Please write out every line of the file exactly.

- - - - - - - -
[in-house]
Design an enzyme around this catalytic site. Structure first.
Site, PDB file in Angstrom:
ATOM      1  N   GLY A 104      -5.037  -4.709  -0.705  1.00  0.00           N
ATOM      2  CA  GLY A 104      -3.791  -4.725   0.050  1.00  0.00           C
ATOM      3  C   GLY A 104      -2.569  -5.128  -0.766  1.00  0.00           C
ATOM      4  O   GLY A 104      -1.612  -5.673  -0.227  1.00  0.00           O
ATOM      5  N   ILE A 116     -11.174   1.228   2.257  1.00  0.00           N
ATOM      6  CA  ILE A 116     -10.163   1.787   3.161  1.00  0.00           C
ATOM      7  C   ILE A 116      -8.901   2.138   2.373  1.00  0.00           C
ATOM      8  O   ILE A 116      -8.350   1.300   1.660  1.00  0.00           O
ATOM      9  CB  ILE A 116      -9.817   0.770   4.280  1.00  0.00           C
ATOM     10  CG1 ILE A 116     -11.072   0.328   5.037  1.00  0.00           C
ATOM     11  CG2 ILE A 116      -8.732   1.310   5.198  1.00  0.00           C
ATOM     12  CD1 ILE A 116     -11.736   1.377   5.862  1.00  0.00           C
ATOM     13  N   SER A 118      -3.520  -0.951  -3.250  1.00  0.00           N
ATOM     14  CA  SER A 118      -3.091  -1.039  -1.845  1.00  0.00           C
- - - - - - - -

[in-house]
Design an enzyme around this catalytic site. Structure first.
Site, PDB file in Angstrom:
ATOM      1  N   GLY A 104      -5.037  -4.709  -0.705  1.00  0.00           N
ATOM      2  CA  GLY A 104      -3.791  -4.725   0.050  1.00  0.00           C
ATOM      3  C   GLY A 104      -2.569  -5.128  -0.766  1.00  0.00           C
ATOM      4  O   GLY A 104      -1.612  -5.673  -0.227  1.00  0.00           O
ATOM      5  N   ILE A 116     -11.174   1.228   2.257  1.00  0.00           N
ATOM      6  CA  ILE A 116     -10.163   1.787   3.161  1.00  0.00           C
ATOM      7  C   ILE A 116      -8.901   2.138   2.373  1.00  0.00           C
ATOM      8  O   ILE A 116      -8.350   1.300   1.660  1.00  0.00           O
ATOM      9  CB  ILE A 116      -9.817   0.770   4.280  1.00  0.00           C
ATOM     10  CG1 ILE A 116     -11.072   0.328   5.037  1.00  0.00           C
ATOM     11  CG2 ILE A 116      -8.732   1.310   5.198  1.00  0.00           C
ATOM     12  CD1 ILE A 116     -11.736   1.377   5.862  1.00  0.00           C
ATOM     13  N   SER A 118      -3.520  -0.951  -3.250  1.00  0.00           N
ATOM     14  CA  SER A 118      -3.091  -1.039  -1.845  1.00  0.00           C